Ray W. Barlow (Educ ’76) of Virginia Beach died Dec. 7, 2007.
Thomas K. Brotherton Jr. (GSBA ’76, Law ’76) of Richmond, Va., died June 10, 2008. He worked for Reynolds Metals for 21 years, first as general manager of the solar group, and later in business development for the mills production group. In 1984, Mr. Brotherton was the delegation leader for the People to People Alternative Energy Technology delegation to the People’s Republic of China. In 1998, he left to pursue opportunities in business consulting, computer training and Internet services. A Big Brother, he also mentored several classes at the Lee School and served on the board of Family Lifeline. Survivors include his wife, Dorothy Reynolds Brotherton (Col ’75).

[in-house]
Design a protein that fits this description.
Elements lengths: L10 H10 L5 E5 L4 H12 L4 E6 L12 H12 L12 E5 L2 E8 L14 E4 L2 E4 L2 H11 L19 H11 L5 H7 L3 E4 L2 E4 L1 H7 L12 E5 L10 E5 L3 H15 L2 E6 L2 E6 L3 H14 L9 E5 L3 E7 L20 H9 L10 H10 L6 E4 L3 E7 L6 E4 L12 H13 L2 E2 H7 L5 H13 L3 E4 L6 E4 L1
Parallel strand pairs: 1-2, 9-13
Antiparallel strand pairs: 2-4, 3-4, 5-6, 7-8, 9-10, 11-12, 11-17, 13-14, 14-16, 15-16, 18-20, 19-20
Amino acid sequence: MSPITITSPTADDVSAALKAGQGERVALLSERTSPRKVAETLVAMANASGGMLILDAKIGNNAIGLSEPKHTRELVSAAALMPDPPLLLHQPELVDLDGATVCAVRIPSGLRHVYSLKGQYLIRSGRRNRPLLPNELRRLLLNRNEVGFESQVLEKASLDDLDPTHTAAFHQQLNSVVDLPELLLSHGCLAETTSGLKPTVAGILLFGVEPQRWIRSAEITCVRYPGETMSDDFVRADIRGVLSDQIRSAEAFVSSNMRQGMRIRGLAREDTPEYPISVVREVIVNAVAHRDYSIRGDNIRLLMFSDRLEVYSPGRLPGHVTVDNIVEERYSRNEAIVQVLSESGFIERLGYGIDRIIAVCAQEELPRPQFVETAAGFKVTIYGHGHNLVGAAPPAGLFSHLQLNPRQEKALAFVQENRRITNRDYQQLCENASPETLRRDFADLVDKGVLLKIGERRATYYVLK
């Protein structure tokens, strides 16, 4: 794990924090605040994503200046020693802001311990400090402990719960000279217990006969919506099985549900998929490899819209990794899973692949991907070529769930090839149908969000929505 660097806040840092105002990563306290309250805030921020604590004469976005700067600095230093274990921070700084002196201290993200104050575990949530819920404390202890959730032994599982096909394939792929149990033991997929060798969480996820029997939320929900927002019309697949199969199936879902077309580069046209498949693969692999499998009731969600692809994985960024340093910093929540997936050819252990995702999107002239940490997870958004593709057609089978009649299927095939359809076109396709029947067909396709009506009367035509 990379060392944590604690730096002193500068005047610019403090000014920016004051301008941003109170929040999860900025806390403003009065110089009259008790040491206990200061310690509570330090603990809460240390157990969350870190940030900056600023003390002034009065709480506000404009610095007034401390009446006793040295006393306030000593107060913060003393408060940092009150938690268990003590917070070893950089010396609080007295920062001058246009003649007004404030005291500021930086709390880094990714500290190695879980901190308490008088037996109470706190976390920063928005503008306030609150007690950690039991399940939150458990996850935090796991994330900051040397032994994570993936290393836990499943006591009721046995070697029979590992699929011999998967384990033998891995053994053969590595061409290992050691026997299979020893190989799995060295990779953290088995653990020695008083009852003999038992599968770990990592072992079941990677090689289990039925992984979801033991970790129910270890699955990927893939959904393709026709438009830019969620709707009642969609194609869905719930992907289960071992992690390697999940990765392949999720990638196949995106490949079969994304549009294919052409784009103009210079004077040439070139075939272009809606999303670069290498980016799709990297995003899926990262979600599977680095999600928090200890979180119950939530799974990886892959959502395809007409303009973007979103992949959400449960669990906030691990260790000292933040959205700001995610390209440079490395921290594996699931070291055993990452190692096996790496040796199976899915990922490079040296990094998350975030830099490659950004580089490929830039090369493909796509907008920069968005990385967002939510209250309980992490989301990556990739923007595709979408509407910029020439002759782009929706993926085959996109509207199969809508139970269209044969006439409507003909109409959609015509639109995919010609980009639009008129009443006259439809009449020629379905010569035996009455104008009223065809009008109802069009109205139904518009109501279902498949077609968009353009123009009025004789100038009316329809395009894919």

John Antony Doumlele Jr. (GSBA ’76) of Greenwich, Conn., died Nov. 28, 2008. Most recently employed at BearingPoint Management & Technology Consultants in Manhattan, Mr. Doumlele previously served as corporate economist and director of corporate relations at Moore-McCormack Resources, director of investor relations at Reader’s Digest and at Rayonier and senior director of investor relations at Loral Space & Communications. He was co-founder and past president of the Fairfield/Westchester chapter of the National Investor Relations Institute, former president of the board of the Child Care Center of Stamford and a former director of the New York Investor Relations Institute. Mr. Doumlele served on the boards of the Norwalk Association of Silvermine Homeowners and the Coalition of Norwalk Neighborhood Associations.